3 reasons why Greta Thunberg is the perfect face of climate change

This blog post is part of the ‘Jean Monnet Chair of European Media Governance and Integration Series’ headed by Jean Monnet Chair of European Media Governance & Integration Prof. Katharine Sarikakis, and curated by Wagner Piassaroli Mantovaneli und Markos Mpadanes.

 

 

by Theresa Steffner

 

We children are doing this to wake the adults up. We children are doing this for you to put your differences aside and start acting as you would in a crisis. We children are doing this because we want our hopes and dreams back.

(Greta Thunberg 2019)

With this statement, the sixteen-year-old Greta Thunberg addresses adults. Adults in the sense of politicians, journalists and also every single citizen of Europe. The goal of the Fridays for future movement and the nationwide activism of so many students is global climate justice and stopping climate change. Why Greta is the perfect face of climate change?

photo blogpost

© fridays for future

She is a child.

Greta is a sixteen-year-old girl and that poses one reason, why we pay so much attention. Within the Kindchenschema awareness is created. The cuteness of children faces activates positive response and care giving behavior (Sprengelmeyer et al. 2013).

Children have an innocent aura, can be seen as vulnerable citizens and therefore are in need of protection. Greta Thunberg for example is always in company and in protection of her father. It is our responsibility to protect children, but also to listen to what they have to say. And right now, they stand up for climate change. Many of the protesters are too young to vote yet, but still they take part in political actions. They want to wake us adults up as we are all EU-citizens.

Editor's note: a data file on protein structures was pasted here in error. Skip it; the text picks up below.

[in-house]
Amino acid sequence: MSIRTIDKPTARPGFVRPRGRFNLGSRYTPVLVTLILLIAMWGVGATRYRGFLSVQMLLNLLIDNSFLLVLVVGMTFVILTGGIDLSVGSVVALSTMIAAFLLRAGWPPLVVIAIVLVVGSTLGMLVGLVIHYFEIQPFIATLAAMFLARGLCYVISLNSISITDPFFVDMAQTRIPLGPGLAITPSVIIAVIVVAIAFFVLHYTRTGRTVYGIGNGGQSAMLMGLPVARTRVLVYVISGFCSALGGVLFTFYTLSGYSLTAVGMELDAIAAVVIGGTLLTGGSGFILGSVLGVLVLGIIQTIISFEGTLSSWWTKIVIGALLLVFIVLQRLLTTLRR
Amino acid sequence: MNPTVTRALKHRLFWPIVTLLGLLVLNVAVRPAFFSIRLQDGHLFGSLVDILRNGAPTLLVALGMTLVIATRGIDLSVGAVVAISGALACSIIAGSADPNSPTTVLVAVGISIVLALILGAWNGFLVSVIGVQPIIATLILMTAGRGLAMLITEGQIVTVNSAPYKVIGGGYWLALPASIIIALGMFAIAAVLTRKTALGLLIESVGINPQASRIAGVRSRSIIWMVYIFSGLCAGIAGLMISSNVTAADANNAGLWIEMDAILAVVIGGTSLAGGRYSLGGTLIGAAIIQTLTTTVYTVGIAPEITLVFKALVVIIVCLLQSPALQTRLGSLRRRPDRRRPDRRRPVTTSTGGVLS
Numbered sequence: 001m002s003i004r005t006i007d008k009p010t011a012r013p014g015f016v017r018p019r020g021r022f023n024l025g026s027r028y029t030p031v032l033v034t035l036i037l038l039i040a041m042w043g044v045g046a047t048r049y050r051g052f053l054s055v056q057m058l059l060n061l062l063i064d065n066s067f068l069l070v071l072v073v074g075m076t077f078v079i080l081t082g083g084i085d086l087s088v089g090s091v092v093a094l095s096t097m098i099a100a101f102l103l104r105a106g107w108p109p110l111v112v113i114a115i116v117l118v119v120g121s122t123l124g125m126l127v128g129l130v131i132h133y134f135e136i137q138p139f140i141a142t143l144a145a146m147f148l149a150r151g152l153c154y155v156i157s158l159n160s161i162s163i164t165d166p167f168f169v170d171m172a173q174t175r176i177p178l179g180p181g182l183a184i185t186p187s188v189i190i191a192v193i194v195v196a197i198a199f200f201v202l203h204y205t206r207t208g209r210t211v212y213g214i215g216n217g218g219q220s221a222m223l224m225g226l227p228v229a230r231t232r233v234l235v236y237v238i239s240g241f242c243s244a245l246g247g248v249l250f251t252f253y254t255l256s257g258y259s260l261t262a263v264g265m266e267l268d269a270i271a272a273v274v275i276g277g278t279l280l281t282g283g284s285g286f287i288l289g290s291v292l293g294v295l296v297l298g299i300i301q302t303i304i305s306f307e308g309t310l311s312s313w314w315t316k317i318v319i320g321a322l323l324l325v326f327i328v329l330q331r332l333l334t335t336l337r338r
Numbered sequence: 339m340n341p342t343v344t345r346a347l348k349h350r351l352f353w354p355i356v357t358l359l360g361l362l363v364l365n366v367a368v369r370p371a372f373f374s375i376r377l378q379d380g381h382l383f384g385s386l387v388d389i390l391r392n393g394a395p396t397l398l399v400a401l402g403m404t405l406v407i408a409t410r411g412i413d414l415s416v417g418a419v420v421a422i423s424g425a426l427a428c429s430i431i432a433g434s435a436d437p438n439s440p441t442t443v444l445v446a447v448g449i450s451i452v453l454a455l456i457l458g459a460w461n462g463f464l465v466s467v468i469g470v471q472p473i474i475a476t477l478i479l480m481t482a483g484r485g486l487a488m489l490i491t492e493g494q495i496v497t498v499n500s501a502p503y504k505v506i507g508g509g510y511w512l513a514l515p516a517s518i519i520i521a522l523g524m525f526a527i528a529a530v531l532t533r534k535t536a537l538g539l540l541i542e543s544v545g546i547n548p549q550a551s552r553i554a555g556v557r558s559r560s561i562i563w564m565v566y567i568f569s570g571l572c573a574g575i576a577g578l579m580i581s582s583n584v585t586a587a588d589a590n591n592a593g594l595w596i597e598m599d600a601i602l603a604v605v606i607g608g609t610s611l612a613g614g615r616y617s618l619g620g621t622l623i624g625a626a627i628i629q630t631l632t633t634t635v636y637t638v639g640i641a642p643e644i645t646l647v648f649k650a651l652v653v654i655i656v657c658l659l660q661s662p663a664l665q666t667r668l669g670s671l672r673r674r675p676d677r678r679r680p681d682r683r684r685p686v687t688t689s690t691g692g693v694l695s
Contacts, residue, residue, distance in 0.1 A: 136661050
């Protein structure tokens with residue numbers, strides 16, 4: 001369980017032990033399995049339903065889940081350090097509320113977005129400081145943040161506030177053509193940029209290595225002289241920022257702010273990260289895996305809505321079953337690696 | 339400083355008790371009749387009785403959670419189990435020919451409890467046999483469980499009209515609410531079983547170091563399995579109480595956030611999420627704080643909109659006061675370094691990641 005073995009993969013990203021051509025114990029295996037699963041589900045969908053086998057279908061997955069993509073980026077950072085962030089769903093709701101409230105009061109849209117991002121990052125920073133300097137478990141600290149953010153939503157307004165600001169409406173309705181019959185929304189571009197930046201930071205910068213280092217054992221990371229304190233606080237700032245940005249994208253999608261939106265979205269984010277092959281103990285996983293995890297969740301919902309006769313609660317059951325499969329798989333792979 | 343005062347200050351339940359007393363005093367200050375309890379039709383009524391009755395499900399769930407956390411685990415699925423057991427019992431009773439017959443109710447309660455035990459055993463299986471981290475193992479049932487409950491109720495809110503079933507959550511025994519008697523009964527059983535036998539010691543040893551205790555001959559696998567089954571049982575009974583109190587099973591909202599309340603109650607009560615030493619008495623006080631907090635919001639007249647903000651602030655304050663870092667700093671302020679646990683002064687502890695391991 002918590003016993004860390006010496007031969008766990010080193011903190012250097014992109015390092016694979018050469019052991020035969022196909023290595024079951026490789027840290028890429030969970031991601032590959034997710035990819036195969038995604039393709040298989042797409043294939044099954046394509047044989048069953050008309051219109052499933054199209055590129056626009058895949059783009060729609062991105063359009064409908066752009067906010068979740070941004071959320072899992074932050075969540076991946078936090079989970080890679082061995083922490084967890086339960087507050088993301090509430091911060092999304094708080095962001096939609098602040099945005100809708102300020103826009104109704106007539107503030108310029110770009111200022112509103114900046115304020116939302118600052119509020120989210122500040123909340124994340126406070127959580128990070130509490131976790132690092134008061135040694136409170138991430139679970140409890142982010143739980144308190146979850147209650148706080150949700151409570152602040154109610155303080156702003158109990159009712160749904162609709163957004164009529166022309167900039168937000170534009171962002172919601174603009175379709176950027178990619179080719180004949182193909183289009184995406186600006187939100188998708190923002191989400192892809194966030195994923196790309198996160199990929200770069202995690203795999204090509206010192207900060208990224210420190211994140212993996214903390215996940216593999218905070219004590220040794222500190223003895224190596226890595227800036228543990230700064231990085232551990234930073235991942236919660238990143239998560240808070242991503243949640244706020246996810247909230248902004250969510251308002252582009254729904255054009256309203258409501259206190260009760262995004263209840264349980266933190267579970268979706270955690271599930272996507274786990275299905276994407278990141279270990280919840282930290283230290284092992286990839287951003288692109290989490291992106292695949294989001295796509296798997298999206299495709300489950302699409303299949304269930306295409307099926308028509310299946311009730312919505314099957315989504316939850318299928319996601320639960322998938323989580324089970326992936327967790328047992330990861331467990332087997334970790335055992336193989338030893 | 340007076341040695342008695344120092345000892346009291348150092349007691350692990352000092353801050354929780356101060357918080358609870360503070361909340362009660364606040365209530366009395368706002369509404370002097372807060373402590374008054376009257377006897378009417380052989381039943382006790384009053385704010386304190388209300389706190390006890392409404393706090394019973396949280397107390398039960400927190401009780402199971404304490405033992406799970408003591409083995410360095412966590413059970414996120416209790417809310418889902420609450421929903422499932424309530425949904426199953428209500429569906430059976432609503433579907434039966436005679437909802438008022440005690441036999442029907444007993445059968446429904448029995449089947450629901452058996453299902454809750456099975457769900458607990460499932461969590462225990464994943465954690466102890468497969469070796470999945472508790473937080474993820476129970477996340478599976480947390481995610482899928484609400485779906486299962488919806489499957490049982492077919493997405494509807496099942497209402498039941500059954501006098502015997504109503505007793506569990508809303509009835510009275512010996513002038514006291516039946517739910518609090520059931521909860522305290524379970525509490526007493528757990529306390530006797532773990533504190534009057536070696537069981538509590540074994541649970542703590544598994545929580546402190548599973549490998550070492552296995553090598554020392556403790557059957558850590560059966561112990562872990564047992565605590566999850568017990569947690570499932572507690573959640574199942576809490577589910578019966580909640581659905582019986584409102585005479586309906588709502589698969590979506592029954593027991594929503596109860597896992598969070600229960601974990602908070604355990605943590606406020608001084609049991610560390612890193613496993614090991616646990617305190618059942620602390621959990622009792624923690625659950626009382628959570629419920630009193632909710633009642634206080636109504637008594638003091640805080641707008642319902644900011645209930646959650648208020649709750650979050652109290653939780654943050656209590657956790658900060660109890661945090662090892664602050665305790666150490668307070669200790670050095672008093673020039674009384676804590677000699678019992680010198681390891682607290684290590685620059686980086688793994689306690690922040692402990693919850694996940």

In her article “Gretas Welt” Karin Ceballos Betancur points out, how impressive it is seeing a young girl in the spotlights of the media. At the climate summit in Davos she perceives Greta as an introverted and quiet girl, who does not want to draw all the attention she gets. When she was 11 years old, she was diagnosed with Asperger and today, she comes all the way from Sweden environmentally friendly by train and sleeps in a tent. It moved Betancur personally, as journalist and as a human (Betancur 2019).

 

She is a symbol for the future.

Children are future citizens. They symbolize future, hope and at the same time they symbolize responsibility (Buschmann 2002). Right before the European elections, Greta and many children are holding up the mirror to political rulers. Every single one of us can do his or her part stopping climate change, but in times of this climate crisis the children urge the politicians to provide solutions. As stated in her quote at the beginning of this post, Greta addresses adults to care about the future of not only children, but all of us.

I want you to act as if our house is on fire. Because it is.

(Greta Thunberg 2019)